comes back to solving problems at a local level, and by doing so celebrating our distinctness. “We should not want a city like Philly to look like a European city,” he says. “Of course we shouldn’t hesitate to try different ideas, whether from European, Asian or American cities, but we should not assume these are the best answers. We don’t have, and nor should we aspire to have, a culture of helmet-less people riding upright 3-speeds. As urban cyclists it’s not who we are. We have to figure our own solutions out.”
A more useful comparison might be London, where cycling had declined in popularity but is now increasing dramatically. London’s roads are already a squeeze, and this is a city with an extensive public transportation network and a congestion charge for any driver taking their vehicle into the city center. It’s also steadily becoming a better place to ride around. There are “bike super-highways” running along major routes into the center, a popular bike-share scheme, and increased efforts towards safety and traffic calming—including things like improved training for truck drivers, who account for a startlingly high percentage of bike casualties in the city. Particularly important is that employers in the city are beginning to support bike commuting, in many cases responding to the demands of their staff.
City University London, for example, has developed a Green Transportation Plan that makes increased bicycle and pedestrian commuting a strategic aim. The majority of the university’s staff and students still use public transport, and with rising numbers cycling or walking, car journeys now account for just 1% of trips. Dawn White, Sustainability Officer at the university, explains how this came about, “We used the bottom-up approach at City to get cycling initiatives funded and implemented. Most people travel to the campuses by public transport, cycle or by foot... Yet we had very little secure storage space available for our cyclists, and no other initiatives to offer them. Something clearly had to change.” In addition to improved facilities there are now regular maintenance and safety classes, and government-sponsored bike purchase schemes.
Temple University is working along similar lines having identified that more than 5000 of its students, faculty and staff live within six miles of the main campus. The University’s Sustainability Office now runs Bike Temple, a comprehensive plan that includes a dramatic expansion in bike parking on campus, free U-locks if you register your bike with Campus Safety, urban riding and maintenance classes, mentoring schemes for new riders and local criterium races. Bike Temple Coordinator Lindsey Graham is very optimistic for the future. “It’s a great time to be a cyclist at Temple and in the city,” she says, even though challenges still remain. “In US culture we’re just not as used to seeing cyclists on the roads. It’s essential to increase all road-users’ awareness that we’re part of the transportation network and have a right to be on the road. The cycling culture is already here... but I’d like to see more infrastructure on the streets around the university, to really connect Temple with the rest of the city.”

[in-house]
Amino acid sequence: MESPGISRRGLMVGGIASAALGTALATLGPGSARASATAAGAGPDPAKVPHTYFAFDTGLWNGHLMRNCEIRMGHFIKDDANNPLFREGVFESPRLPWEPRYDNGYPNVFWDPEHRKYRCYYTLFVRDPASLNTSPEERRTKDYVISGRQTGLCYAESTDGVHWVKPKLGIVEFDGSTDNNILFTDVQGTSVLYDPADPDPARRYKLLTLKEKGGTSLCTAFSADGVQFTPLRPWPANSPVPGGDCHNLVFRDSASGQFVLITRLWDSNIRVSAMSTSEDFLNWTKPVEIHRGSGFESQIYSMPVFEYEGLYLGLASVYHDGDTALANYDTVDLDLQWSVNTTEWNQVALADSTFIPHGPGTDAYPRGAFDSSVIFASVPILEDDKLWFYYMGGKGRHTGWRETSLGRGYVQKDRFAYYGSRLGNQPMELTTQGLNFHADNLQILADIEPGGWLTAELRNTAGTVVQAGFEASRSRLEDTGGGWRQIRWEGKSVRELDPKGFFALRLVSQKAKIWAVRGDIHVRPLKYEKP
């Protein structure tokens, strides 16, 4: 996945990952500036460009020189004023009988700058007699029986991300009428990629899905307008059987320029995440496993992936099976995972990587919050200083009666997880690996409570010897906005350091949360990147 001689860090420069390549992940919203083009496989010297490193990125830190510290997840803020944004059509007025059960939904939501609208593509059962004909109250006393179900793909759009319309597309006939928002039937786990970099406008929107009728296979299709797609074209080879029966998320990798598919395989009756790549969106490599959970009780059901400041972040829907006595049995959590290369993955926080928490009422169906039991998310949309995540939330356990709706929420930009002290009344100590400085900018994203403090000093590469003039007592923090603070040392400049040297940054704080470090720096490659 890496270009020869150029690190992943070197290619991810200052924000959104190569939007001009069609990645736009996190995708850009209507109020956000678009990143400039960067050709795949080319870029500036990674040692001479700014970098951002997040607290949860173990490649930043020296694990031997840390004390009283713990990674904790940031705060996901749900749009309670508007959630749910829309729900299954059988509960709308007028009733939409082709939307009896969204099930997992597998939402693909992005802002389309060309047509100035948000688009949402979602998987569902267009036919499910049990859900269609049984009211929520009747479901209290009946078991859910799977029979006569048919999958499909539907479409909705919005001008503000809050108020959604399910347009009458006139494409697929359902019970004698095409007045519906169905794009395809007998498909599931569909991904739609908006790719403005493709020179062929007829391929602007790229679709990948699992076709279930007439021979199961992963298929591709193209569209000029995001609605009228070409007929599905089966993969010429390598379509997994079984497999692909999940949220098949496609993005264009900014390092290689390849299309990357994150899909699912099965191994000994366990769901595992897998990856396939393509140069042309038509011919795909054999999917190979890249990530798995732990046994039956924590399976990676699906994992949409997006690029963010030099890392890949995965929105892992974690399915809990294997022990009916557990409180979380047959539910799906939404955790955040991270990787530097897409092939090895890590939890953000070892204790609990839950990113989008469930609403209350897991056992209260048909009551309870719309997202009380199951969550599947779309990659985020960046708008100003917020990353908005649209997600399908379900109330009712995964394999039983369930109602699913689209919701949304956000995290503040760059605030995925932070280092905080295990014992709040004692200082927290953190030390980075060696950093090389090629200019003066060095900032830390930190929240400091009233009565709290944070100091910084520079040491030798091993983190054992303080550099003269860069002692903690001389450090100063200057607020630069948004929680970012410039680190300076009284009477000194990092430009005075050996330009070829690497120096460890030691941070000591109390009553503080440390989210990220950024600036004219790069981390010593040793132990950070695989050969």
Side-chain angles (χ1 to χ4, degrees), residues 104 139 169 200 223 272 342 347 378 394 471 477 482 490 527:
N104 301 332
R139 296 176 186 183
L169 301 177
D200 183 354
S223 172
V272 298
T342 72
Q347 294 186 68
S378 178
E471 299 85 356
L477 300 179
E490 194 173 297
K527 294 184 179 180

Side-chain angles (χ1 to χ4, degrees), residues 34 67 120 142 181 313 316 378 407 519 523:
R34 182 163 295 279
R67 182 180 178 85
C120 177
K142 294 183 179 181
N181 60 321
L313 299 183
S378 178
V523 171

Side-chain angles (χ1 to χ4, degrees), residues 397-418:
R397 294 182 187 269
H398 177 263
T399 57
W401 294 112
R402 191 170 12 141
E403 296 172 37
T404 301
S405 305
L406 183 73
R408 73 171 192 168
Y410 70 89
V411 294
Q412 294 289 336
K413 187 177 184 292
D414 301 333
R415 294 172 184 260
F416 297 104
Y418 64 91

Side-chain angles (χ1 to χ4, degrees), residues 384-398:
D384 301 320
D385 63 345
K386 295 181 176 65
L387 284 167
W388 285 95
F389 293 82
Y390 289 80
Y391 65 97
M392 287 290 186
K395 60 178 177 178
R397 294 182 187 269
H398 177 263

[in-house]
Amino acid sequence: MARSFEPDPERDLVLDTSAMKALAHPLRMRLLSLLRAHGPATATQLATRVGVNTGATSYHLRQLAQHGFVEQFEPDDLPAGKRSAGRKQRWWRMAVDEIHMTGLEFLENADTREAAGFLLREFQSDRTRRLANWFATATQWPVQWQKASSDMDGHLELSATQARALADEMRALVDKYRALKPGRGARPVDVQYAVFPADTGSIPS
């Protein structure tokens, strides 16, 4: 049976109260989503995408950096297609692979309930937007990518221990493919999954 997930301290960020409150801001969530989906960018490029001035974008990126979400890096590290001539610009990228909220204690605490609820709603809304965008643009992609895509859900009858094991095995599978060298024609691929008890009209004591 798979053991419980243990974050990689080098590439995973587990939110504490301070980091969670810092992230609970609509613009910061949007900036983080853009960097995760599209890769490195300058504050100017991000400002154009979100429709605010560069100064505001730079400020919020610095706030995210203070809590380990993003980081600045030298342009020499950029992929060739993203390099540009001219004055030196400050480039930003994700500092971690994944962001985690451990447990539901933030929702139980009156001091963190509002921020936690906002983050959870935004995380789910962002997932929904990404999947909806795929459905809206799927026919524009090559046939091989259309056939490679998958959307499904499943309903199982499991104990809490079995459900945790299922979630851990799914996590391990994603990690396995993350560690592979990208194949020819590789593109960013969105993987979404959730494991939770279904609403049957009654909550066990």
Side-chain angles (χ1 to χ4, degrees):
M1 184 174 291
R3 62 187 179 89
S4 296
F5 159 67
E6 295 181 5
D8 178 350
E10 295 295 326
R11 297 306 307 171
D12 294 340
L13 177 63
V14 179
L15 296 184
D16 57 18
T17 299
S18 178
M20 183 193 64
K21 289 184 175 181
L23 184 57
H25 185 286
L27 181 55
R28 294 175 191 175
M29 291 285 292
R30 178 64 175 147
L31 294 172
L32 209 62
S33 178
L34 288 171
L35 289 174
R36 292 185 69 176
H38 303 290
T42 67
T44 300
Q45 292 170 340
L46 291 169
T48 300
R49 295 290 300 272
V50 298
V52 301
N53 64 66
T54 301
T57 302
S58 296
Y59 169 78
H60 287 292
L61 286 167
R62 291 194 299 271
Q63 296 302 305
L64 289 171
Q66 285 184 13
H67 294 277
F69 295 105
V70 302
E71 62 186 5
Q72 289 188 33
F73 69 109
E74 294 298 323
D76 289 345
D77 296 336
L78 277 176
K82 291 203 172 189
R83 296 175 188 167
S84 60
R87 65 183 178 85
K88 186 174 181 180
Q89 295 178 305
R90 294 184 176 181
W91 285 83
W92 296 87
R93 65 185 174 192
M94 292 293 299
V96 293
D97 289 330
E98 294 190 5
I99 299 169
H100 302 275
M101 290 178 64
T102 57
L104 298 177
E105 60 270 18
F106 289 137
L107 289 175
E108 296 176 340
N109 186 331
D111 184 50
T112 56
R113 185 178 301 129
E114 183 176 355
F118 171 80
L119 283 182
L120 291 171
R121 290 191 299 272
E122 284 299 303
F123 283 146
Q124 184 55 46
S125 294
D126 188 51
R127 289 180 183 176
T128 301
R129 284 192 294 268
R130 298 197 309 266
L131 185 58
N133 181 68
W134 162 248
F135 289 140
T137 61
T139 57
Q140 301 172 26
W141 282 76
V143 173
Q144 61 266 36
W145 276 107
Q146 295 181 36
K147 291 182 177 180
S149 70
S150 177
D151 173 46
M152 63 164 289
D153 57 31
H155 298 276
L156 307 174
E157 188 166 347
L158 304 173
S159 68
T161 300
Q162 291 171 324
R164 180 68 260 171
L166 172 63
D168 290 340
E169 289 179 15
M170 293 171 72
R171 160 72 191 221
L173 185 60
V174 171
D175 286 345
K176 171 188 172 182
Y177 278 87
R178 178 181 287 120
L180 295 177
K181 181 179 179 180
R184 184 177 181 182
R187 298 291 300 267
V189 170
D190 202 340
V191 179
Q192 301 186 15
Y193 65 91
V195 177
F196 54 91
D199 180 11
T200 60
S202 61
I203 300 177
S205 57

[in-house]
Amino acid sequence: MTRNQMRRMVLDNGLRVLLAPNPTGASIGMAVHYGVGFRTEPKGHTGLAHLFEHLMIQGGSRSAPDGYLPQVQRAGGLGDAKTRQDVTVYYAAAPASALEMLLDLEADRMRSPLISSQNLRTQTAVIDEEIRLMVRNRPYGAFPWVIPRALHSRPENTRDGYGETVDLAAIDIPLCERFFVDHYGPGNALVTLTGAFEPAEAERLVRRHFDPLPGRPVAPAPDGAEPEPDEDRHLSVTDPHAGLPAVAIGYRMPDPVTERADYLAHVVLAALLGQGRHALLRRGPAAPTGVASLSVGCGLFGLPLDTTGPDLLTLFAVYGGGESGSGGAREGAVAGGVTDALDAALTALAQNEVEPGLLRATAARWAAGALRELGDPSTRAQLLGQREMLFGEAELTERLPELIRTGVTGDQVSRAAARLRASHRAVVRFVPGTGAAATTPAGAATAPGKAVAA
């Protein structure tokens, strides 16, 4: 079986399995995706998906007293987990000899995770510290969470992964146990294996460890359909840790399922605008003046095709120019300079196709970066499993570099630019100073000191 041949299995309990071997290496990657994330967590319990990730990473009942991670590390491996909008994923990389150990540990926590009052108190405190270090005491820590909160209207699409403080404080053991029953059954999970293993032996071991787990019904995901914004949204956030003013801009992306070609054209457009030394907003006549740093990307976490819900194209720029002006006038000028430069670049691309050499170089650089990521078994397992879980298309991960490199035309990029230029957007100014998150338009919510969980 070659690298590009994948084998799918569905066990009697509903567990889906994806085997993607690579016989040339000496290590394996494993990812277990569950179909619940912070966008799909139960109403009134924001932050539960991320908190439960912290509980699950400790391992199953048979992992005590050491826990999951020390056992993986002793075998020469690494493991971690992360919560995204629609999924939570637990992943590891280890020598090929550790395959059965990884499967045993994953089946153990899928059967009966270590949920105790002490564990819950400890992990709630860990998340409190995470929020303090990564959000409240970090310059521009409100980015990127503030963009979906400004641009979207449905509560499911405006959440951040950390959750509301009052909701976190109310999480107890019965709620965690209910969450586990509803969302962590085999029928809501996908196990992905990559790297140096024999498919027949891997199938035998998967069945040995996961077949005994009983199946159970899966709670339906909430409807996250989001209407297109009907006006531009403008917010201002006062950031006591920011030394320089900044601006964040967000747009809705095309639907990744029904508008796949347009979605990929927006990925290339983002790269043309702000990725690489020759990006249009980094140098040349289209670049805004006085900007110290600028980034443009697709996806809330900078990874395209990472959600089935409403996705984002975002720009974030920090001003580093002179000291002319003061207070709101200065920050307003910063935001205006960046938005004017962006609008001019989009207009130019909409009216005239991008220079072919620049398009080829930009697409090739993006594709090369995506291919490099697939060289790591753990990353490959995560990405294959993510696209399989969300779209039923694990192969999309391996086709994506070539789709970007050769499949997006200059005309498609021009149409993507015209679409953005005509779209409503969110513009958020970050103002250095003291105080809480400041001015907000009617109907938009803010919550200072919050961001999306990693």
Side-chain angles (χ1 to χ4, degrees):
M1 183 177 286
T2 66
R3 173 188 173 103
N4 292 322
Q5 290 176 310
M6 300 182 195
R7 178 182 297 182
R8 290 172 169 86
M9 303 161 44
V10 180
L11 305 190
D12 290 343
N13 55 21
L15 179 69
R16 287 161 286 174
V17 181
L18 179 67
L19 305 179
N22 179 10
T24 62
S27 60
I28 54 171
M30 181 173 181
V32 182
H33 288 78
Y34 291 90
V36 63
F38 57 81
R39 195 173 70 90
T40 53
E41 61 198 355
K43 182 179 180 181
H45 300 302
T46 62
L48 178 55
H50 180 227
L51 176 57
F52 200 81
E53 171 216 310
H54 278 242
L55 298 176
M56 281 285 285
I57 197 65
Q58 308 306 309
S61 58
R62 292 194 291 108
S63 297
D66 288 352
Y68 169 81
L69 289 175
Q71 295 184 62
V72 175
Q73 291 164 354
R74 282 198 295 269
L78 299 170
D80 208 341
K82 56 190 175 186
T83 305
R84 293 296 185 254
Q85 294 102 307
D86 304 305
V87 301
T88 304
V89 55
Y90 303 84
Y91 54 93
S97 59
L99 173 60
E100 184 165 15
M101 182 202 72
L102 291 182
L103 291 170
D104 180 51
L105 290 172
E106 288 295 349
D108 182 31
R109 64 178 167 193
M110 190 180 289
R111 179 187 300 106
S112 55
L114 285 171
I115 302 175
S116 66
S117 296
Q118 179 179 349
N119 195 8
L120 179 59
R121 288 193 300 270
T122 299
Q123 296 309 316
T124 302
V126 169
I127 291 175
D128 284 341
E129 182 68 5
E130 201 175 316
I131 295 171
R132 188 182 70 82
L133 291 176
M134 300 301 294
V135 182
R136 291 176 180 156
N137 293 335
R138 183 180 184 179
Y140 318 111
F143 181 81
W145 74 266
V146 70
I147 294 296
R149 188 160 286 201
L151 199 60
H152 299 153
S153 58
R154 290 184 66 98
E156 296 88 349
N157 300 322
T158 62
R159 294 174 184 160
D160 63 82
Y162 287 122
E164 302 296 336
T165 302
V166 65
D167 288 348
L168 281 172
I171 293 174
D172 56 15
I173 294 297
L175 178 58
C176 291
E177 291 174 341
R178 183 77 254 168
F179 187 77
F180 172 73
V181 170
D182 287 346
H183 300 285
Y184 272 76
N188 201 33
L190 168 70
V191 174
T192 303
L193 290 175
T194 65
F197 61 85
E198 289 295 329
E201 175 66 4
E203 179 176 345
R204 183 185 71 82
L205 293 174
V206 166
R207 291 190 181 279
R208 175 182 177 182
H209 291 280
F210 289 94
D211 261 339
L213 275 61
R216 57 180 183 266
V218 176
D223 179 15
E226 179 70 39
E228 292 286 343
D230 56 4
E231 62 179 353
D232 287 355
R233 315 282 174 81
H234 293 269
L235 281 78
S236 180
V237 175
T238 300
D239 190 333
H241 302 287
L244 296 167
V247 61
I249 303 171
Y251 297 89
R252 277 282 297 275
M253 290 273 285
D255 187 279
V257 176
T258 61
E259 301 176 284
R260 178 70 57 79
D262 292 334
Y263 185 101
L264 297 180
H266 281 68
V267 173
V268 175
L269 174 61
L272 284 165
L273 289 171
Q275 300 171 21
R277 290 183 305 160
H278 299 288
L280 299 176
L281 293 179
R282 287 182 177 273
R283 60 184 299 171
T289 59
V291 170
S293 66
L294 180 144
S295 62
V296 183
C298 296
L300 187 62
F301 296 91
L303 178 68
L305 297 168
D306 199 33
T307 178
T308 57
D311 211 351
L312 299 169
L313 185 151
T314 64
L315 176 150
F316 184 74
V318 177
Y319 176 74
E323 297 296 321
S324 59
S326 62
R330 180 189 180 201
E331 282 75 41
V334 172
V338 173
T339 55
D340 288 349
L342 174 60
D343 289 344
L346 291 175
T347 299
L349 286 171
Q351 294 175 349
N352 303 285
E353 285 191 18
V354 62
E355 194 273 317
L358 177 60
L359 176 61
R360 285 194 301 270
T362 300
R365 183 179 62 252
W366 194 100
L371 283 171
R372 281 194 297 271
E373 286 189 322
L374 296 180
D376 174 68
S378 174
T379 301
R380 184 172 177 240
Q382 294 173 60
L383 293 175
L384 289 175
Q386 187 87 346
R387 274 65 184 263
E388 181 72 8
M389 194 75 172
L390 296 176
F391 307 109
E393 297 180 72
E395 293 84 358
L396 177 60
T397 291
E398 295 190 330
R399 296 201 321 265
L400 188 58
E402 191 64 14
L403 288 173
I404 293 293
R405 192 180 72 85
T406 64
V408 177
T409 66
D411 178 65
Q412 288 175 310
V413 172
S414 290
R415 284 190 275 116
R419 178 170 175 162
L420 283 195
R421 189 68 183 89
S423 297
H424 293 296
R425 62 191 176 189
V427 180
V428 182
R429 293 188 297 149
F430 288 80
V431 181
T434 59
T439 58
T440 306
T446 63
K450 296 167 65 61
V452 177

Better connections are a common theme and are driving the next stage of infrastructure development. In the ThinkBike workshops, Tom Godefrooij noticed how some cities seemed more focussed on “the number of miles of bicycle lanes rather than on the connectivity of the network.” In fact, it seems that everyone wants more usable networks, preferring little adjustments to what’s already there rather than grand new trails. This is a recurring comment from nearly all of the people I speak to who use their bikes to get around. An experienced rider like Steve Taylor would like to see more thought going into which locations the routes actually connect. “We need more trails with useful destinations,” he says, citing the Hudson Trail in New York as a good example of “a route that you can really use to get north and south, it’s fantastic for commuters.”
The commuters I spoke to agreed. Jonathan and Jane Grode, who divide their time between Philadelphia and Providence RI, and ride to work in both cities, tell me exactly what improvements they’d like to see. “Right now there is a great system [in Philadelphia] going east to west,” says Jonathan, “but what we really need are north-south routes on both sides of the city.” They’re also very aware of the differences